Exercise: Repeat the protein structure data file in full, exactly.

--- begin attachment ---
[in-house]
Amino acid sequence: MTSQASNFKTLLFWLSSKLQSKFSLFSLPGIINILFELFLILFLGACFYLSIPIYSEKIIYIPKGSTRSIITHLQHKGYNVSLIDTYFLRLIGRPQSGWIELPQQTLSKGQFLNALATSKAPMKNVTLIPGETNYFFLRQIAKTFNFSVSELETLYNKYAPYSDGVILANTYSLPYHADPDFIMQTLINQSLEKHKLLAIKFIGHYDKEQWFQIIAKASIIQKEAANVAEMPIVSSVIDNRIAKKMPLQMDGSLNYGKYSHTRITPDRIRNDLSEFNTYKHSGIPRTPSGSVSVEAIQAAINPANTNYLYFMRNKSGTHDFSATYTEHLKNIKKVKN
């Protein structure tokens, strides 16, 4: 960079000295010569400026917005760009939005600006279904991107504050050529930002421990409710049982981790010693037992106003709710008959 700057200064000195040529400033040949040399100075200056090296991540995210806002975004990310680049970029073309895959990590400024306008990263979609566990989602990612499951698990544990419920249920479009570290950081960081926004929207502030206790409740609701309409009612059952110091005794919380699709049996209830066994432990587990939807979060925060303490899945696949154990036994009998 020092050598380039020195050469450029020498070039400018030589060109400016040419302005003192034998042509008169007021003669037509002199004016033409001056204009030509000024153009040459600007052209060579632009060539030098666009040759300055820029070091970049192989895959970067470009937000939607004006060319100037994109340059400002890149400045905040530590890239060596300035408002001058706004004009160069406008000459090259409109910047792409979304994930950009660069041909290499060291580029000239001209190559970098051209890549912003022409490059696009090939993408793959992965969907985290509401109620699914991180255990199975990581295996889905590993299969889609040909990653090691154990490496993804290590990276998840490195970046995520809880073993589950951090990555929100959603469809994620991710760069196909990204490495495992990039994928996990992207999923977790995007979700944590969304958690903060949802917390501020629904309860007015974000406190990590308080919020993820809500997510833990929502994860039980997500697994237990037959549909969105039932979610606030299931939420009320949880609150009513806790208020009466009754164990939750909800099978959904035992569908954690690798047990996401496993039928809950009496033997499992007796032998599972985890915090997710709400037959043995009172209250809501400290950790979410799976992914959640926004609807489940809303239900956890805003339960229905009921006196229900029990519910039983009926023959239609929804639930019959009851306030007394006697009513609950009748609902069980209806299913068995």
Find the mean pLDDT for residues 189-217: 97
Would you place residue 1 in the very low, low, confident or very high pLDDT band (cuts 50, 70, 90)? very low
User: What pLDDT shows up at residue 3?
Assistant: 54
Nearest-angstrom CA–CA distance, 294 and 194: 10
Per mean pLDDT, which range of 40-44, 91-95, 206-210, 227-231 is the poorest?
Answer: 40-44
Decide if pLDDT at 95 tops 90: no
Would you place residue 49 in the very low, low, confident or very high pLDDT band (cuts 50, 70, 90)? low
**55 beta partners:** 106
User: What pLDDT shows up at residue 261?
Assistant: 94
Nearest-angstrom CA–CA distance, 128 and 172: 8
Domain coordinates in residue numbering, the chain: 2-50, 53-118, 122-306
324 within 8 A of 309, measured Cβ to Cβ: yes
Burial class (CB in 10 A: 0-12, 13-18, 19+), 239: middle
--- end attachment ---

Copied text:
[in-house]
Amino acid sequence: MTSQASNFKTLLFWLSSKLQSKFSLFSLPGIINILFELFLILFLGACFYLSIPIYSEKIIYIPKGSTRSIITHLQHKGYNVSLIDTYFLRLIGRPQSGWIELPQQTLSKGQFLNALATSKAPMKNVTLIPGETNYFFLRQIAKTFNFSVSELETLYNKYAPYSDGVILANTYSLPYHADPDFIMQTLINQSLEKHKLLAIKFIGHYDKEQWFQIIAKASIIQKEAANVAEMPIVSSVIDNRIAKKMPLQMDGSLNYGKYSHTRITPDRIRNDLSEFNTYKHSGIPRTPSGSVSVEAIQAAINPANTNYLYFMRNKSGTHDFSATYTEHLKNIKKVKN
């Protein structure tokens, strides 16, 4: 960079000295010569400026917005760009939005600006279904991107504050050529930002421990409710049982981790010693037992106003709710008959 700057200064000195040529400033040949040399100075200056090296991540995210806002975004990310680049970029073309895959990590400024306008990263979609566990989602990612499951698990544990419920249920479009570290950081960081926004929207502030206790409740609701309409009612059952110091005794919380699709049996209830066994432990587990939807979060925060303490899945696949154990036994009998 020092050598380039020195050469450029020498070039400018030589060109400016040419302005003192034998042509008169007021003669037509002199004016033409001056204009030509000024153009040459600007052209060579632009060539030098666009040759300055820029070091970049192989895959970067470009937000939607004006060319100037994109340059400002890149400045905040530590890239060596300035408002001058706004004009160069406008000459090259409109910047792409979304994930950009660069041909290499060291580029000239001209190559970098051209890549912003022409490059696009090939993408793959992965969907985290509401109620699914991180255990199975990581295996889905590993299969889609040909990653090691154990490496993804290590990276998840490195970046995520809880073993589950951090990555929100959603469809994620991710760069196909990204490495495992990039994928996990992207999923977790995007979700944590969304958690903060949802917390501020629904309860007015974000406190990590308080919020993820809500997510833990929502994860039980997500697994237990037959549909969105039932979610606030299931939420009320949880609150009513806790208020009466009754164990939750909800099978959904035992569908954690690798047990996401496993039928809950009496033997499992007796032998599972985890915090997710709400037959043995009172209250809501400290950790979410799976992914959640926004609807489940809303239900956890805003339960229905009921006196229900029990519910039983009926023959239609929804639930019959009851306030007394006697009513609950009748609902069980209806299913068995």
Find the mean pLDDT for residues 189-217: 97
Would you place residue 1 in the very low, low, confident or very high pLDDT band (cuts 50, 70, 90)? very low
User: What pLDDT shows up at residue 3?
Assistant: 54
Nearest-angstrom CA–CA distance, 294 and 194: 10
Per mean pLDDT, which range of 40-44, 91-95, 206-210, 227-231 is the poorest?
Answer: 40-44
Decide if pLDDT at 95 tops 90: no
Would you place residue 49 in the very low, low, confident or very high pLDDT band (cuts 50, 70, 90)? low
**55 beta partners:** 106
User: What pLDDT shows up at residue 261?
Assistant: 94
Nearest-angstrom CA–CA distance, 128 and 172: 8
Domain coordinates in residue numbering, the chain: 2-50, 53-118, 122-306
324 within 8 A of 309, measured Cβ to Cβ: yes
Burial class (CB in 10 A: 0-12, 13-18, 19+), 239: middle